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The question that the courts are being asked to answer, in a suit brought by an employer against a former employee, is;

Does an employee who leaves a job that involves working with social media have the right to take his or her Twitter account and followers along?

 According to Ron Barnett, a writer for USA TODAY,

That’s the question at the heart of a case unfolding in U.S. District Court in Northern California. It pits Noah Kravitz, who worked as an editor and video blogger, against his former employer, PhoneDog, a Mount Pleasant, S.C.-based company that offers reviews, news and information about phones and related technology.

By the time Kravitz left PhoneDog in October 2010, he had amassed nearly 17,000 followers. PhoneDog says in the lawsuit those followers should be treated like a customer list, and therefore are its property. The company is asking that Kravitz pay $2.50 per follower per month for eight months, or a total of $340,000. In his answer filed last week, Kravitz argues that PhoneDog is overstating the account’s value and that Twitter is the legal owner of the account.

Eric Menhart, a Washington attorney specializing in cyberlaw says that, “unless there’s a written agreement, there’s no clear line that answers this question.”

This lawsuit has the potential to touch the lives of anyone who uses social media, especially if they use it not only to promote a a particular employer’s brand-name but to create valuable name recognition for themselves.

Rachael Horwitz of Twitter’s media relations office stated that “Twitter does not comment on individual users for privacy reasons.”

Note: It is generally accepted in employment practices that for any work performed for an employer that creates value for said employer while said employee is under an employment contract… that value is effectively owned by the employer.  


And So It Begins…

Ready and willing… or not, the New Year is upon us. The detritus of the past clings to us, stubbornly reminding us that although the New Year; with its promise of a new beginning, does not mean the end of all the threads of projects unfinished, relationships left unresolved, the hyenas baying at the gates or the woes that plague us in the dark of night.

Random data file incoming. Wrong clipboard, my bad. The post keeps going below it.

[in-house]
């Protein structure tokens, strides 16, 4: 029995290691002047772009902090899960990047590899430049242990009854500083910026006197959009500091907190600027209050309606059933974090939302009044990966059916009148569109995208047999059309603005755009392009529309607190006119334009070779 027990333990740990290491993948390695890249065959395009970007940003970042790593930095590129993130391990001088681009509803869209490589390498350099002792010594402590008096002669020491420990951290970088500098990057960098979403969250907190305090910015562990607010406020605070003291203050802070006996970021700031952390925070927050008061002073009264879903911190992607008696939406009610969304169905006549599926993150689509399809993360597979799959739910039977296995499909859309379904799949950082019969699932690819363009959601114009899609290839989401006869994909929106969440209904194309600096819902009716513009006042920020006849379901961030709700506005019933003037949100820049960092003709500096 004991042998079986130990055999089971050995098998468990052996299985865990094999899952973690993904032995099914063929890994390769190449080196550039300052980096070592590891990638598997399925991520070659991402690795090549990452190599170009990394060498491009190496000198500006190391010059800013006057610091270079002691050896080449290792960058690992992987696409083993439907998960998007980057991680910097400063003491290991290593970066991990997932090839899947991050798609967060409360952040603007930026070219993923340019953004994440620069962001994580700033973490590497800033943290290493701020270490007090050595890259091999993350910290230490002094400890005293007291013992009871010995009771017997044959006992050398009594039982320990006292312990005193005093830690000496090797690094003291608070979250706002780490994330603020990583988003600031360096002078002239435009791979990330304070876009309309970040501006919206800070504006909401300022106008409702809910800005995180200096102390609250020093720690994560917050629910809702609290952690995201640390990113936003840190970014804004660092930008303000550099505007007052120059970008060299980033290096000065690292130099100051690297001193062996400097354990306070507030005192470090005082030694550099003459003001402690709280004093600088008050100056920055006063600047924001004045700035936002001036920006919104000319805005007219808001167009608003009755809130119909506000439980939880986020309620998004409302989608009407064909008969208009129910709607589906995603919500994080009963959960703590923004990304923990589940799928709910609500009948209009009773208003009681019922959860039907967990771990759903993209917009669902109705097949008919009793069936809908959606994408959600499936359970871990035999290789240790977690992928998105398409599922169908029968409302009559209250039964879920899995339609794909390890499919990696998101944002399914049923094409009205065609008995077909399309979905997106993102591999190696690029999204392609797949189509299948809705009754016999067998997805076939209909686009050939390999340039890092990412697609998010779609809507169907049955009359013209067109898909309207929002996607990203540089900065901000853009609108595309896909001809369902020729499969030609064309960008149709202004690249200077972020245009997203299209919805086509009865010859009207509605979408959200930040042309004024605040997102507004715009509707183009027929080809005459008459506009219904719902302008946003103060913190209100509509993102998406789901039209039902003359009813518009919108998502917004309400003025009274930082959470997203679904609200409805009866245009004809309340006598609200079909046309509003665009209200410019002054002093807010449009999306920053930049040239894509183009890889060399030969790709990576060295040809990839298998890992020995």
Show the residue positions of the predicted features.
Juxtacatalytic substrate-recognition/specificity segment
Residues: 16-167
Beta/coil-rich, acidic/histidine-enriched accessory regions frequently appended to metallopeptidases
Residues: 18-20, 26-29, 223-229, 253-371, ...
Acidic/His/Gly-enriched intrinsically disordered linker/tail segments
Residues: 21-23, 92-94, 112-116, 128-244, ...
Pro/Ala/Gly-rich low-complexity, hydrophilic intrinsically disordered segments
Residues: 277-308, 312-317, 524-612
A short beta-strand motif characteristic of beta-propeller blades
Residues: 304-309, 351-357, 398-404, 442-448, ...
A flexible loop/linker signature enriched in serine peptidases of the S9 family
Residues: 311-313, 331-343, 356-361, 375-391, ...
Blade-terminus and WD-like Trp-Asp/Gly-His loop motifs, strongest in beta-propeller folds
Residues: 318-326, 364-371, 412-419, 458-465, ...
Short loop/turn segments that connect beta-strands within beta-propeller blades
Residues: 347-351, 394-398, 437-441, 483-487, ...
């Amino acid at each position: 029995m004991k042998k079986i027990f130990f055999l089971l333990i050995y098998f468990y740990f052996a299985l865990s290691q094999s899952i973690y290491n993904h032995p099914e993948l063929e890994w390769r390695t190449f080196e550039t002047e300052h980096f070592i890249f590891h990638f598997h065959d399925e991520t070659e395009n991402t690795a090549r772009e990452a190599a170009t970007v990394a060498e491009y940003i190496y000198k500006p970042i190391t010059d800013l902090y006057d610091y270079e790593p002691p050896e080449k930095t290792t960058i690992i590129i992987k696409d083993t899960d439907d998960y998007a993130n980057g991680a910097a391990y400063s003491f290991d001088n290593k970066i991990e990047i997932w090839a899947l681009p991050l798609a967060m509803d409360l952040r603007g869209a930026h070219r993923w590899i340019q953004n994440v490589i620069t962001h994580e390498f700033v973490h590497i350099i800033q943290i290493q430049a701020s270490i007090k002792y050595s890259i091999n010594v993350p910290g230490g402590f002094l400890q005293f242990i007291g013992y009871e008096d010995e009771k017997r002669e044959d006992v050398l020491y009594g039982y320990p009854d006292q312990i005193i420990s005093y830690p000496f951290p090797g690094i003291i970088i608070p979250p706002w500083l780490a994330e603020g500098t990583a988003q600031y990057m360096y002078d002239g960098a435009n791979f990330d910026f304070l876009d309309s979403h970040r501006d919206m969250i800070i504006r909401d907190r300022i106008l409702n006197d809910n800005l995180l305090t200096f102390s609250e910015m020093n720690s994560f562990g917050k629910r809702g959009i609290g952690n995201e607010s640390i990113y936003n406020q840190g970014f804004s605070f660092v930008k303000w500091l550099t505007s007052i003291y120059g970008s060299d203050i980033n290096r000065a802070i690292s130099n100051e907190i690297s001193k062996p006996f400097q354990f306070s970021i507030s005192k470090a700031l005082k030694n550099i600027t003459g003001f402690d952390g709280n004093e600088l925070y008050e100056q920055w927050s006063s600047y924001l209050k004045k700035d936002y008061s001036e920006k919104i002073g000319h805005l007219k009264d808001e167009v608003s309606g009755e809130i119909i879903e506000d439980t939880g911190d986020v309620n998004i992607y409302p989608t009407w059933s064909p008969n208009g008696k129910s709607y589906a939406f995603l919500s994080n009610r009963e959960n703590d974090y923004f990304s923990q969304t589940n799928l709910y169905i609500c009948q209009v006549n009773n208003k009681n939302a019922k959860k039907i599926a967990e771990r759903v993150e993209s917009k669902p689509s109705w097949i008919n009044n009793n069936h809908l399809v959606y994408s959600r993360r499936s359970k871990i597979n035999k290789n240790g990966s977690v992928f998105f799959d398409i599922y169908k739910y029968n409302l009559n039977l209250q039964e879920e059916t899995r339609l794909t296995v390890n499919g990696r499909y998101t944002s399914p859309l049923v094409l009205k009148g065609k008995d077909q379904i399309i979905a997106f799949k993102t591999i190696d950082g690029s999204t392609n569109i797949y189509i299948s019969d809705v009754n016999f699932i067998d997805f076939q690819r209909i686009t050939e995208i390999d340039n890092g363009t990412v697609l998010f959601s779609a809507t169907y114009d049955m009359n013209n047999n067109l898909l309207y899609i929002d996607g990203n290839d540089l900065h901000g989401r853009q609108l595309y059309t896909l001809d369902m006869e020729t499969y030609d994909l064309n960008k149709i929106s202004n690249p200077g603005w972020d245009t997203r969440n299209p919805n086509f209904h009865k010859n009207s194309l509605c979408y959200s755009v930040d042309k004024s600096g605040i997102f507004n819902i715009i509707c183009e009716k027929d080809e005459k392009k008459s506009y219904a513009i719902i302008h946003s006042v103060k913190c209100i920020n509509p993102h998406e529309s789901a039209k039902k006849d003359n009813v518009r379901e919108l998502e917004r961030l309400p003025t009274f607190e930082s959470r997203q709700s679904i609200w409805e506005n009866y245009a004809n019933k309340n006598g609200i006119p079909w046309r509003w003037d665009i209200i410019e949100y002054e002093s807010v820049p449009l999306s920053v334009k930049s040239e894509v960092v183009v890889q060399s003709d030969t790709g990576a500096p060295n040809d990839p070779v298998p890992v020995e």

Making A List, Checking It Twice

We make lists and resolve that we will do better ‘this year’. We avow to clean up the old messes before we start anew. We look at the pile of manuscripts collecting dust in the side drawer of our desk, the stack of rejection letters yellowing at the bottom of the inbox, the stacks of books lying idly about: some half-read and others ignored and collecting dust, the reminders of over-due bills and the collection of unfinished crafts projects and broken toys stuffed carelessly in boxes in the corner of the spare room.

… And then lunge ahead with reckless abandon like a child with a new toy on Christmas morning, to something new and shiny and exciting, all the while hoping and praying we won’t trip and fall as we leap over the past and into the future.

As Orson Wells once noted…

“Let us pray!”

 

 

 

Meet Elena Griffing. She is eighty-five  years old, has worked at the Alta Bates Medical Center in Berkeley for the past sixty-five years.

And in all those years she’s missed only one day.

Doctors and nurses alike are in awe of this woman.

More at: SFGate

 

The Outer Alliance is a group of SF/F writers who have come together as allies for the advocacy of LGBT issues in literature. Made up of individuals of all walks of life, our goal is to educate, support, and celebrate LGBT contributions in the science-fiction and fantasy genres.

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